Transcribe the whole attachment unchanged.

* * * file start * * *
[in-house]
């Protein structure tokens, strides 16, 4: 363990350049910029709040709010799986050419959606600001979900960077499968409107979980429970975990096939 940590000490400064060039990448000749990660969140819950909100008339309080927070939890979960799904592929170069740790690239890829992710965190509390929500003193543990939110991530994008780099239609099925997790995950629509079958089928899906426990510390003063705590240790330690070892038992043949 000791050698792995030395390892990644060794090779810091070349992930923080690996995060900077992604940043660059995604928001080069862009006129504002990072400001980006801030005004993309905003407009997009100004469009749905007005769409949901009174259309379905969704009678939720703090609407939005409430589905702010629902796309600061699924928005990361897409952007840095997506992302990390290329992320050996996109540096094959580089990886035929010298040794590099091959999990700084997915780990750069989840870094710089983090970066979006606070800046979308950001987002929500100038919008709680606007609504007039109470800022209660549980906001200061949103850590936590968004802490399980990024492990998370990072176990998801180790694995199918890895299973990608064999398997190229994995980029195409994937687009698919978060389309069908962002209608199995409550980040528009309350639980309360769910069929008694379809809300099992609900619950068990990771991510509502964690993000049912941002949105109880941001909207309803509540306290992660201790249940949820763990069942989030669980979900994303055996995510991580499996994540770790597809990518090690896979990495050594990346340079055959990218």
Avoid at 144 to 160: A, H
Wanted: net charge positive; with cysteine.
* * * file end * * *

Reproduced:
[in-house]
């Protein structure tokens, strides 16, 4: 363990350049910029709040709010799986050419959606600001979900960077499968409107979980429970975990096939 940590000490400064060039990448000749990660969140819950909100008339309080927070939890979960799904592929170069740790690239890829992710965190509390929500003193543990939110991530994008780099239609099925997790995950629509079958089928899906426990510390003063705590240790330690070892038992043949 000791050698792995030395390892990644060794090779810091070349992930923080690996995060900077992604940043660059995604928001080069862009006129504002990072400001980006801030005004993309905003407009997009100004469009749905007005769409949901009174259309379905969704009678939720703090609407939005409430589905702010629902796309600061699924928005990361897409952007840095997506992302990390290329992320050996996109540096094959580089990886035929010298040794590099091959999990700084997915780990750069989840870094710089983090970066979006606070800046979308950001987002929500100038919008709680606007609504007039109470800022209660549980906001200061949103850590936590968004802490399980990024492990998370990072176990998801180790694995199918890895299973990608064999398997190229994995980029195409994937687009698919978060389309069908962002209608199995409550980040528009309350639980309360769910069929008694379809809300099992609900619950068990990771991510509502964690993000049912941002949105109880941001909207309803509540306290992660201790249940949820763990069942989030669980979900994303055996995510991580499996994540770790597809990518090690896979990495050594990346340079055959990218």
Avoid at 144 to 160: A, H
Wanted: net charge positive; with cysteine.